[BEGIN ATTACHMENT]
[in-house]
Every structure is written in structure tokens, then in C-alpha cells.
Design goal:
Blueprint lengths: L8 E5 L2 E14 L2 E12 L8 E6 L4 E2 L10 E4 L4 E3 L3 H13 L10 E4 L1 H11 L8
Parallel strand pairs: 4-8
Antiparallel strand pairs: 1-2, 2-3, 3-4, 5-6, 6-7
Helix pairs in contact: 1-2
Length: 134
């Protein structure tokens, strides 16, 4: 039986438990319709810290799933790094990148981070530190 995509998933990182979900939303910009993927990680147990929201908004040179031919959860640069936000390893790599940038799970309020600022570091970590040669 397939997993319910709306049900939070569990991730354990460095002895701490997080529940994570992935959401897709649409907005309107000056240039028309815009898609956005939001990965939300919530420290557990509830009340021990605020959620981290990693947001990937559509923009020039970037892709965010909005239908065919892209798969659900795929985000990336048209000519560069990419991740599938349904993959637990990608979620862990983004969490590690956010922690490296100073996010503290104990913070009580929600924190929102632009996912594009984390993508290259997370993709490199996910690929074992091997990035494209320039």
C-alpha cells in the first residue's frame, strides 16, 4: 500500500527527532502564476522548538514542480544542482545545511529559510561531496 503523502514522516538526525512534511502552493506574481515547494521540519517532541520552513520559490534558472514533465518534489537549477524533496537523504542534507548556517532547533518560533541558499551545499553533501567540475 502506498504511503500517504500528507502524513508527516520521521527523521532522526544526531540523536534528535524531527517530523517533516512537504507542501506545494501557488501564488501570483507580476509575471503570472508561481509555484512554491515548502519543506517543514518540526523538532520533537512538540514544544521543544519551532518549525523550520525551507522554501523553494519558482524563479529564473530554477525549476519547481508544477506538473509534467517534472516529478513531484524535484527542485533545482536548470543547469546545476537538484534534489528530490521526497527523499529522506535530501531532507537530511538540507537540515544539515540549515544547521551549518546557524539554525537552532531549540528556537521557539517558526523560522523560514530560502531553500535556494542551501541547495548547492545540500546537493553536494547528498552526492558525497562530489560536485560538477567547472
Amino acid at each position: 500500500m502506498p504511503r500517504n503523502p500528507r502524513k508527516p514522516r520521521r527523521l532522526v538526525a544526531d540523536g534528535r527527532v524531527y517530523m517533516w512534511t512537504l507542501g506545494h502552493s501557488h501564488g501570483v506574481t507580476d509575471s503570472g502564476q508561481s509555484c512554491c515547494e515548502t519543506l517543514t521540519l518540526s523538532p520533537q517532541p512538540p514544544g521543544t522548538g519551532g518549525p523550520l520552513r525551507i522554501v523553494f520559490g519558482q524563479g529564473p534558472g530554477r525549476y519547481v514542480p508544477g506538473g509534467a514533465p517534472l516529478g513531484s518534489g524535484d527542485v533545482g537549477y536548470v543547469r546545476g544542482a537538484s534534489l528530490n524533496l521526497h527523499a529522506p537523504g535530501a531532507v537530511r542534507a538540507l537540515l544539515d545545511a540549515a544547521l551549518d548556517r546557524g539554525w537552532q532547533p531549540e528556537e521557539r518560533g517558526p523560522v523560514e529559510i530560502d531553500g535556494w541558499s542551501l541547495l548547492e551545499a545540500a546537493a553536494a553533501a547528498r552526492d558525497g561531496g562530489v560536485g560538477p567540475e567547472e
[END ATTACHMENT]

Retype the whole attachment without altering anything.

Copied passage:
[in-house]
Every structure is written in structure tokens, then in C-alpha cells.
Design goal:
Blueprint lengths: L8 E5 L2 E14 L2 E12 L8 E6 L4 E2 L10 E4 L4 E3 L3 H13 L10 E4 L1 H11 L8
Parallel strand pairs: 4-8
Antiparallel strand pairs: 1-2, 2-3, 3-4, 5-6, 6-7
Helix pairs in contact: 1-2
Length: 134
């Protein structure tokens, strides 16, 4: 039986438990319709810290799933790094990148981070530190 995509998933990182979900939303910009993927990680147990929201908004040179031919959860640069936000390893790599940038799970309020600022570091970590040669 397939997993319910709306049900939070569990991730354990460095002895701490997080529940994570992935959401897709649409907005309107000056240039028309815009898609956005939001990965939300919530420290557990509830009340021990605020959620981290990693947001990937559509923009020039970037892709965010909005239908065919892209798969659900795929985000990336048209000519560069990419991740599938349904993959637990990608979620862990983004969490590690956010922690490296100073996010503290104990913070009580929600924190929102632009996912594009984390993508290259997370993709490199996910690929074992091997990035494209320039």
C-alpha cells in the first residue's frame, strides 16, 4: 500500500527527532502564476522548538514542480544542482545545511529559510561531496 503523502514522516538526525512534511502552493506574481515547494521540519517532541520552513520559490534558472514533465518534489537549477524533496537523504542534507548556517532547533518560533541558499551545499553533501567540475 502506498504511503500517504500528507502524513508527516520521521527523521532522526544526531540523536534528535524531527517530523517533516512537504507542501506545494501557488501564488501570483507580476509575471503570472508561481509555484512554491515548502519543506517543514518540526523538532520533537512538540514544544521543544519551532518549525523550520525551507522554501523553494519558482524563479529564473530554477525549476519547481508544477506538473509534467517534472516529478513531484524535484527542485533545482536548470543547469546545476537538484534534489528530490521526497527523499529522506535530501531532507537530511538540507537540515544539515540549515544547521551549518546557524539554525537552532531549540528556537521557539517558526523560522523560514530560502531553500535556494542551501541547495548547492545540500546537493553536494547528498552526492558525497562530489560536485560538477567547472
Amino acid at each position: 500500500m502506498p504511503r500517504n503523502p500528507r502524513k508527516p514522516r520521521r527523521l532522526v538526525a544526531d540523536g534528535r527527532v524531527y517530523m517533516w512534511t512537504l507542501g506545494h502552493s501557488h501564488g501570483v506574481t507580476d509575471s503570472g502564476q508561481s509555484c512554491c515547494e515548502t519543506l517543514t521540519l518540526s523538532p520533537q517532541p512538540p514544544g521543544t522548538g519551532g518549525p523550520l520552513r525551507i522554501v523553494f520559490g519558482q524563479g529564473p534558472g530554477r525549476y519547481v514542480p508544477g506538473g509534467a514533465p517534472l516529478g513531484s518534489g524535484d527542485v533545482g537549477y536548470v543547469r546545476g544542482a537538484s534534489l528530490n524533496l521526497h527523499a529522506p537523504g535530501a531532507v537530511r542534507a538540507l537540515l544539515d545545511a540549515a544547521l551549518d548556517r546557524g539554525w537552532q532547533p531549540e528556537e521557539r518560533g517558526p523560522v523560514e529559510i530560502d531553500g535556494w541558499s542551501l541547495l548547492e551545499a545540500a546537493a553536494a553533501a547528498r552526492d558525497g561531496g562530489v560536485g560538477p567540475e567547472e